For the New Year, children’s books open new worlds


BOSTON (JTA) – Shofars, apples and honey, make room for pomegranates, couscous and pumpkins.

The new crop of children’s books for the High Holidays opens a world beyond the beloved traditional symbols of the New Year. This year, Rosh Hashanah begins at sundown on Sept. 4.

From ancient times to today, the savory, engaging reads presented here will take families from the kitchen to the bedroom to the sukkah.

Master storyteller Jane Yolen and her daughter, Heidi E.Y. Stemple, a cook and children’s writer, serve up a collection of richly detailed retellings of Jewish folk tales from around the world paired with kid-friendly recipes for Jewish foods. Yolen presents a range of tales, from the entertaining and humorous to lesser-known sophisticated tales for older readers that pose life’s challenges. Stemple offers tempting recipes adapted for today’s families, from the traditional, familiar Eastern European fare to some lesser-known African and Sephardic cuisine.

The brightly colored collages and recipe illustrations by Sima Elizabeth Shefrin make the book a pleasure to browse for all ages.

Among the 18 stories and recipes are two Rosh Hashanah entries. “Two Jars of Honey,” set in the days of King Solomon, where a wise beyond his years Solomon resolves a feud between neighbors. All ends well on a note of compassion and forgiveness. A recipe for honey cake, a traditional sweet eaten during the High Holidays, includes a surprising ingredient – a can of cola.

In “The Pomegranate Seed,” a tale that originated in Morocco, a poor man caught stealing uses his wit and a moral challenge to save himself. An appealing recipe for pomegranate couscous is packed with flavor, texture and color from pomegranate seeds, dried apricots, cinnamon, cilantro and fresh mint. An added note explains that pomegranates are associated with Rosh Hashanah because the red, globe-shaped fruit is said to have 613 seeds that correspond with the Torah’s 613 mitzvot, or commandments.

It would have been easy to fill a cookbook with Jewish tales about challah and chicken, common Jewish foods, Yolen told JTA, adding that it took plenty of research to find stories that matched the book’s breadth of recipes.

“When I found the honey cake story, I was thrilled,” Yolen recalled.

Budding storytellers, folklorists and teachers will appreciate Yolen’s outstanding end notes that credit other storytellers for their earlier versions and provide the origins and cultural history of the stories.

In the introduction, Yolen and Stemple write that storytelling and cooking change over time and location.

“Be playful,” they encourage, and “let’s eat!”

Award-winning author Jacqueline Jules’ “What a Way to Start a New Year!” is a lighthearted and authentic story for Rosh Hashanah that reflects the diversity of today’s Jewish families and the hustle and bustle of daily life.

In the opening pages, a perky young girl is eating a slice of pizza in her family’s new home, which is filled with unpacked boxes. Her family, including two younger brothers, has just moved to a new town. While her dad isn’t Jewish, he loves celebrating the High Holidays. But how will they observe the New Year, our storyteller wonders with some concern.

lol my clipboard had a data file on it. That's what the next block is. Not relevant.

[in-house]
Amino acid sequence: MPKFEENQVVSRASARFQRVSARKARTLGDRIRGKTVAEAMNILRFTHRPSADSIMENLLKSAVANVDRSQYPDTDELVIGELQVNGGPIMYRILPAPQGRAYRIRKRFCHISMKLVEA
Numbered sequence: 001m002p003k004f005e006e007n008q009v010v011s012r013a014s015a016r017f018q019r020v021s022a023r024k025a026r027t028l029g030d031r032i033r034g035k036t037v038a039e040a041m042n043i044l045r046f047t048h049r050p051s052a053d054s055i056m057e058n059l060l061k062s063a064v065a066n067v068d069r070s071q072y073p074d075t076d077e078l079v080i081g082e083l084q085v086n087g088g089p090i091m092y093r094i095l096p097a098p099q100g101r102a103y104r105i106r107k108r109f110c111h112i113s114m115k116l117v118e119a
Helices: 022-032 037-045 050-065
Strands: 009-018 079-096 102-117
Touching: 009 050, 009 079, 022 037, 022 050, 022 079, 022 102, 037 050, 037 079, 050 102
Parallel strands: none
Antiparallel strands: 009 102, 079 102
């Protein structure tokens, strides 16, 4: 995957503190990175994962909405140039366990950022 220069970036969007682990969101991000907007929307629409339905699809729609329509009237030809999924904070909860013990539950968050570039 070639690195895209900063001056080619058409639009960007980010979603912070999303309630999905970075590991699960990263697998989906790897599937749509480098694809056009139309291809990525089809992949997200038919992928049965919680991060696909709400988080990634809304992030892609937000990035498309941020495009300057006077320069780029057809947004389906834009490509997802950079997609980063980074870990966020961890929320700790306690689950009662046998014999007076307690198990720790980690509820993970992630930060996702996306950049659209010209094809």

When they venture back to their old neighborhood to share a traditional Rosh Hashanah meal with their friends, one plan after another goes awry. “What a way to start a New Year!” they each sigh after mishap follows zany mishap.

Things begin to look up when one of dad’s co-workers invites them to synagogue services. While the prayers and songs are familiar, the kids still feel out of place because they don’t recognize anyone.

Finally they are welcomed to share Rosh Hashanah dinner with new friends. “What a wonderful way to start a New Year!” the young girl exclaims.

Judy Stead’s brightly colored, cartoon-like illustrations are a lively accompaniment to the story.

An author’s note reminds parents that while starting in a new home or school can be difficult, it’s made easier by generous hosts. She explains the mitzvah of hakhnasat or’him, “welcoming guests.”

Decorating a Jewish school’s sukkah becomes inventive when a young boy, Michael, wants to hang his favorite fruit, a watermelon, from the roof. All the kids’ usual ideas – think duct tape and string  – fall flat. Michael’s creative thinking and teamwork save the day. A brief author’s note explains the holiday.

Ann Iosa’s fall-toned illustrations of gold, green and purple convey the children’s excitement and disappointment with lively action that will entertain young kids.

A delightful chapter book that was published earlier this year, “Sam and Charlie (and Sam Too!)” is a story of friendship of young new neighbors. The book is divided into five stories that tell of the daily ups and downs among two Jewish friends and a younger sibling. The format and Leslie Kimmelman’s light and endearing touch evokes the classic “George and Martha” series by James Marshall, or the beloved “Frog and Toad” series by Arnold Lobel.

The last of the set, titled “I’m Sorry Day,” will have the kids giggling along with Sam and Charlie even as it opens up an easy conversation to the tough subject of apologies and forgiveness. Children of all faiths and backgrounds will have fun with these memorable stories and learn about the meaning of Yom Kippur, the holiday of forgiveness.